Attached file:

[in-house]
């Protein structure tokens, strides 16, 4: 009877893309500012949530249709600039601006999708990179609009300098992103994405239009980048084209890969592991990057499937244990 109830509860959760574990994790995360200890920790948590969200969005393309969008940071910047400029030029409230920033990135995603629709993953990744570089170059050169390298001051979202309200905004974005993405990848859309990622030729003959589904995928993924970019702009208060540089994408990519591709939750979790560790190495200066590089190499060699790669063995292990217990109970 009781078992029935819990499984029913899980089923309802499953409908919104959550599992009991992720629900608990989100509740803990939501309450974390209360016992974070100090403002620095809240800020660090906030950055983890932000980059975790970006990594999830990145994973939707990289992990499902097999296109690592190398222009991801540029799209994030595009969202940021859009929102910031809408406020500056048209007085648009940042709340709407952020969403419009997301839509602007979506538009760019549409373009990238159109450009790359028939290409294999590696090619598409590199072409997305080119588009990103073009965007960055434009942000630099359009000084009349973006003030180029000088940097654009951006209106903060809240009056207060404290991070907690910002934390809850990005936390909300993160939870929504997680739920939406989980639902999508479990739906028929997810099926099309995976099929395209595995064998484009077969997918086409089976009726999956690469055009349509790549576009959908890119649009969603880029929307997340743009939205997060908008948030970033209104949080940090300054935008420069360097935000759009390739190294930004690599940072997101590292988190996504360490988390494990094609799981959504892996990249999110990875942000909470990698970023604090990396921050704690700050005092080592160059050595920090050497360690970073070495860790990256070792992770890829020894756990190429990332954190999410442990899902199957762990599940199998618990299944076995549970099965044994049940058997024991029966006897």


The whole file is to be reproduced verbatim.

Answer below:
[in-house]
């Protein structure tokens, strides 16, 4: 009877893309500012949530249709600039601006999708990179609009300098992103994405239009980048084209890969592991990057499937244990 109830509860959760574990994790995360200890920790948590969200969005393309969008940071910047400029030029409230920033990135995603629709993953990744570089170059050169390298001051979202309200905004974005993405990848859309990622030729003959589904995928993924970019702009208060540089994408990519591709939750979790560790190495200066590089190499060699790669063995292990217990109970 009781078992029935819990499984029913899980089923309802499953409908919104959550599992009991992720629900608990989100509740803990939501309450974390209360016992974070100090403002620095809240800020660090906030950055983890932000980059975790970006990594999830990145994973939707990289992990499902097999296109690592190398222009991801540029799209994030595009969202940021859009929102910031809408406020500056048209007085648009940042709340709407952020969403419009997301839509602007979506538009760019549409373009990238159109450009790359028939290409294999590696090619598409590199072409997305080119588009990103073009965007960055434009942000630099359009000084009349973006003030180029000088940097654009951006209106903060809240009056207060404290991070907690910002934390809850990005936390909300993160939870929504997680739920939406989980639902999508479990739906028929997810099926099309995976099929395209595995064998484009077969997918086409089976009726999956690469055009349509790549576009959908890119649009969603880029929307997340743009939205997060908008948030970033209104949080940090300054935008420069360097935000759009390739190294930004690599940072997101590292988190996504360490988390494990094609799981959504892996990249999110990875942000909470990698970023604090990396921050704690700050005092080592160059050595920090050497360690970073070495860790990256070792992770890829020894756990190429990332954190999410442990899902199957762990599940199998618990299944076995549970099965044994049940058997024991029966006897």